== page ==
Half a century into life without regrets. From naïve youth, I walked into the happy marriage I have today, all I can say is “Grateful, no regrets.”
During my grow-up years, Nam Sang Wai was a wonderful location for romantic films. I grew up from childhood in a place full of dramatic atmosphere, my character mellowed by nature. In spite of which, during my lifetime, I am extremely grateful to my beloved mentor, director Chor Yuen, for his appreciation of my work and his recommendations. That made it possible for my childhood dreams to come true. As part of Chor Yuen’s team, we learned a great deal. During production, we always received personal instructions from our beloved mentor. We all gained a lot of knowledge in the basics and theory of film, and we always received different opportunities to learn. I’m someone who rose through the ranks. It was indeed through the kindness and guidance of my beloved mentor that I was able to work in different departments and learn from them. Here, I wish to express my utmost gratitude to my most respected and beloved Director Chor Yuen. Thank you!
Benny Wong Chung-yam was born in China in 1956. He settled in Hong Kong at age 6 and grew up in the Nam Sang Wai area in Yuen Long. In 1976, he joined Shaw Brothers as a student-worker and apprenticed under director Chor Yuen. Later, sensing the imminent prosperity in the film industry, he forfeited an opportunity to study in Taiwan and began working full-time at Shaws. He was Assistant Director to Angela Chan On-kei and Alex Cheung Kwok-ming while also assuming administrative duties on Chor Yuen’s films for ten years, greatly adding to his knowledge of film production and clarifying the direction of his goals.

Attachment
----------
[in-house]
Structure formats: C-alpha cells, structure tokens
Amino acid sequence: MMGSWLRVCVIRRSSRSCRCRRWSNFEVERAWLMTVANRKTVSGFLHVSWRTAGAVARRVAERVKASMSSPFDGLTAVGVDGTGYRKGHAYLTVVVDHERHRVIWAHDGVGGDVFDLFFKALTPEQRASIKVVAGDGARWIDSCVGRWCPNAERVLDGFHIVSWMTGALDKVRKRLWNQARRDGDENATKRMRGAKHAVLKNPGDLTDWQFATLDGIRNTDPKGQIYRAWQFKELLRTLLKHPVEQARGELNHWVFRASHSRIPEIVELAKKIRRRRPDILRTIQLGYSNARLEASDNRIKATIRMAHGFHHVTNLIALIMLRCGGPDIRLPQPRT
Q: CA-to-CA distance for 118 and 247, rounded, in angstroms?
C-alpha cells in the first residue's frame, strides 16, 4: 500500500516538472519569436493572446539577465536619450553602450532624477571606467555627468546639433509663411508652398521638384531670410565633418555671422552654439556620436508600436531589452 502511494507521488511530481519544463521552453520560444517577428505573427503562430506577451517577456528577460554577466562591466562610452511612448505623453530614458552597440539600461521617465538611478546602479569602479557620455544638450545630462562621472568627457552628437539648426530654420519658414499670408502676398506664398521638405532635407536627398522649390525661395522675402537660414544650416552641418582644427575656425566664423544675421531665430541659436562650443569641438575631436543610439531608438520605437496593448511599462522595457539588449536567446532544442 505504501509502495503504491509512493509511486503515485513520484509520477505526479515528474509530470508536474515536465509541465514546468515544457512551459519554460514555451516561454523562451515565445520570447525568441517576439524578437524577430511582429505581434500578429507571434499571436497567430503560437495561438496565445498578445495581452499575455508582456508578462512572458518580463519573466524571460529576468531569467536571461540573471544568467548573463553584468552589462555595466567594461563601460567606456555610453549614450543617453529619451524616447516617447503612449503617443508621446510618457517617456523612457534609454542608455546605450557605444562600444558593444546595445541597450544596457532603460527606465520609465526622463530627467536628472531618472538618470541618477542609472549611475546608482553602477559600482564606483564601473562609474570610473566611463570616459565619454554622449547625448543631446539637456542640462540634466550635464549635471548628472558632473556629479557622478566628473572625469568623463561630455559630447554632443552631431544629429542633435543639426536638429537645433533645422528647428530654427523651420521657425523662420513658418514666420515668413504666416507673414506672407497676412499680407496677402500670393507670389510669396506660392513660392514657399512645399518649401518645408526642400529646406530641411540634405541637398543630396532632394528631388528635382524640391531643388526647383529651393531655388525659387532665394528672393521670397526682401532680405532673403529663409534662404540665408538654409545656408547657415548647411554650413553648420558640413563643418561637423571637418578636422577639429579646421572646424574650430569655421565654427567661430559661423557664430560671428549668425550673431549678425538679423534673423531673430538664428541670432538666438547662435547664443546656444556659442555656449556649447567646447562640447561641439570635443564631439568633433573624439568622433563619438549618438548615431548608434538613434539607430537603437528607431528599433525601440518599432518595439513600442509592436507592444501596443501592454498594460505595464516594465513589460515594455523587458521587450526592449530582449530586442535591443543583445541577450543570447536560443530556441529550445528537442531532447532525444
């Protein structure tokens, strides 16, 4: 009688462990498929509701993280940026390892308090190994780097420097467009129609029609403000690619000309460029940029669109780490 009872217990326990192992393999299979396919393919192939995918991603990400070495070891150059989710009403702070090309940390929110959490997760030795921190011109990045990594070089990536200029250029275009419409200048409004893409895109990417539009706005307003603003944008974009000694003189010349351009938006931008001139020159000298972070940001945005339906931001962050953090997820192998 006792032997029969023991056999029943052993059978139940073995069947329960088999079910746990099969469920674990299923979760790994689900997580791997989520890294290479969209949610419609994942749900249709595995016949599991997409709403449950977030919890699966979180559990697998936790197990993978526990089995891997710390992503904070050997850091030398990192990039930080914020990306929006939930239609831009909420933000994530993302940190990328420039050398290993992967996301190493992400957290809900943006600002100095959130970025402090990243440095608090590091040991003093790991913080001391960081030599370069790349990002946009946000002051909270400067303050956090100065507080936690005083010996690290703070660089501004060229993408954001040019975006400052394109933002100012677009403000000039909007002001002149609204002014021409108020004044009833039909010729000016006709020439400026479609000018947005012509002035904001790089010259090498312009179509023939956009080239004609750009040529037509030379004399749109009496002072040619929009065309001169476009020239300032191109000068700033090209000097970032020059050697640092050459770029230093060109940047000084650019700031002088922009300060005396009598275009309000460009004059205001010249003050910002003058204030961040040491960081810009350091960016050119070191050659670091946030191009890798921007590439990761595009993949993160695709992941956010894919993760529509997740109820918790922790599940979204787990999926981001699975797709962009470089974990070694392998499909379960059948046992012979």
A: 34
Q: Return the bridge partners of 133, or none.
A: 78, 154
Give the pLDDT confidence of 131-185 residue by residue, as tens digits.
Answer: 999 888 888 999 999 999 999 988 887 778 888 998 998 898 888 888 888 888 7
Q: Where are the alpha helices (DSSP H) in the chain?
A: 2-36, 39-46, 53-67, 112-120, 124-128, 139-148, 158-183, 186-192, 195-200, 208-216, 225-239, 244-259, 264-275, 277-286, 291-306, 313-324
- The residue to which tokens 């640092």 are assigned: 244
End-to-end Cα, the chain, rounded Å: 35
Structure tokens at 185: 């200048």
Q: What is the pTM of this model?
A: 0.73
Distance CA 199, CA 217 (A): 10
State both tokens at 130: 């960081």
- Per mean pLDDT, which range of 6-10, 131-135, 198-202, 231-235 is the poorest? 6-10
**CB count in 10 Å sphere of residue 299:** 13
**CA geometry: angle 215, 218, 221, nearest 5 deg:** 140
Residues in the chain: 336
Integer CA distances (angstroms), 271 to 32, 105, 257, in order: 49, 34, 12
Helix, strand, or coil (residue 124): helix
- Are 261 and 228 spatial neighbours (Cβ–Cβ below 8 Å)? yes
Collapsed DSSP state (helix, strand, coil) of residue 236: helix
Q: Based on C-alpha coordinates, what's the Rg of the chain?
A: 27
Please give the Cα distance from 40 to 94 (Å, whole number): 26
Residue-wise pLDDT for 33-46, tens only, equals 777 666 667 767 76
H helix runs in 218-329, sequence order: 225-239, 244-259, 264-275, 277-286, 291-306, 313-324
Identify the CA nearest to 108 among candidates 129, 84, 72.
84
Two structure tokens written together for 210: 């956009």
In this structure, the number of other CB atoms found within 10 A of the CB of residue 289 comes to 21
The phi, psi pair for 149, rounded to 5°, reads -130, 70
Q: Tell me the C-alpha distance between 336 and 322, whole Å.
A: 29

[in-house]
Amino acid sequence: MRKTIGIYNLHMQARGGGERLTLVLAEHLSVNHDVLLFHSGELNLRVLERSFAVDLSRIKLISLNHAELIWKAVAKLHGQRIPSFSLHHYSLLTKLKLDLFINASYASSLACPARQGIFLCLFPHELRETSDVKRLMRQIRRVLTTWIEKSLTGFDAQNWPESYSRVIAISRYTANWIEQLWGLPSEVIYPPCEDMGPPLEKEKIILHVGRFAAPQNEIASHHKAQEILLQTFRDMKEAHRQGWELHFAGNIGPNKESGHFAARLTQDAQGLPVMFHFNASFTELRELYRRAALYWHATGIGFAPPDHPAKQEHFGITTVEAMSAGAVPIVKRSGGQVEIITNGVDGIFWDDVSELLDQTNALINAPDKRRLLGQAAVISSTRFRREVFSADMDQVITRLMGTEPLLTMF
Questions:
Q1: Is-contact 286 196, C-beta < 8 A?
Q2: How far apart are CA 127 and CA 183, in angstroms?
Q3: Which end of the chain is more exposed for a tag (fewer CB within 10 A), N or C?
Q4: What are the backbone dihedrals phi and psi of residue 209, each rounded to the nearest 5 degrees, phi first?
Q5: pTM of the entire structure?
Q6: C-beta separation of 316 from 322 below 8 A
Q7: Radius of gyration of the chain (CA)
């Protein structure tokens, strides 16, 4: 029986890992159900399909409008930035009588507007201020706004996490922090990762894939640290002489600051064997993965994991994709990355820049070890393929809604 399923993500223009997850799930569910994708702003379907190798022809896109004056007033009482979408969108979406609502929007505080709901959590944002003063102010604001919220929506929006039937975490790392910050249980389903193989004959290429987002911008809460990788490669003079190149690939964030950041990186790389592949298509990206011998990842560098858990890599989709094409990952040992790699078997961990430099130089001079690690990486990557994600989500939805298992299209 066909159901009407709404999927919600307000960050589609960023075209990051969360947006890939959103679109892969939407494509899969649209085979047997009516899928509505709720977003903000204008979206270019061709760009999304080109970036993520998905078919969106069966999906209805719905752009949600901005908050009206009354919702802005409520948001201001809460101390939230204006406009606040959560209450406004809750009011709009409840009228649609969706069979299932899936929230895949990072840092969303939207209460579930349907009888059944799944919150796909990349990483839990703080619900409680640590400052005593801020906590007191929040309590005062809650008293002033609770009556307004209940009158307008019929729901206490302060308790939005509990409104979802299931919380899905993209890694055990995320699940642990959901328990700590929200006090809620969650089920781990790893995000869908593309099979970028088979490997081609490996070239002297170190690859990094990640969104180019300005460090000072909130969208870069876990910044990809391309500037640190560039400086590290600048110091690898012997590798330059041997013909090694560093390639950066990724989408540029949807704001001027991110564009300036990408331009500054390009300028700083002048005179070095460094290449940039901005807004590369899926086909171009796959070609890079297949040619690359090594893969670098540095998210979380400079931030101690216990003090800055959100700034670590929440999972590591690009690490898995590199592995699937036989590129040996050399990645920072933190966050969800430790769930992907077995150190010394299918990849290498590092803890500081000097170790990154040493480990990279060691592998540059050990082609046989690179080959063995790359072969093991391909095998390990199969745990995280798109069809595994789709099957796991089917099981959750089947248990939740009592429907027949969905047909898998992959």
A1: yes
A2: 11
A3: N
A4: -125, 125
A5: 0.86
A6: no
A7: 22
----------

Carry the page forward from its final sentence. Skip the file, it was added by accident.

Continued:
In 1989, through Chor Yuen’s recommendation and support, Wong made his directorial debut with That’s Money. Becoming a director was the turning point of his life.
After gaining recognition with That’s Money, Wong went to Shanghai to develop his film career. He also did administrative work for director Stanley Kwan’s Center Stage (aka The Actress) and Red Rose White Rose. In 1993, he joined Golden Harvest, also in behind-the-scenes departments, and poured his heart into scriptwriting and performing administrative duties within Mainland China.
In 2001, Wong received another chance and directed his second film, Gold Fingers. Throughout much of his eventful career, Wong focused on working independently, under his own name. He is now retired from the film industry.
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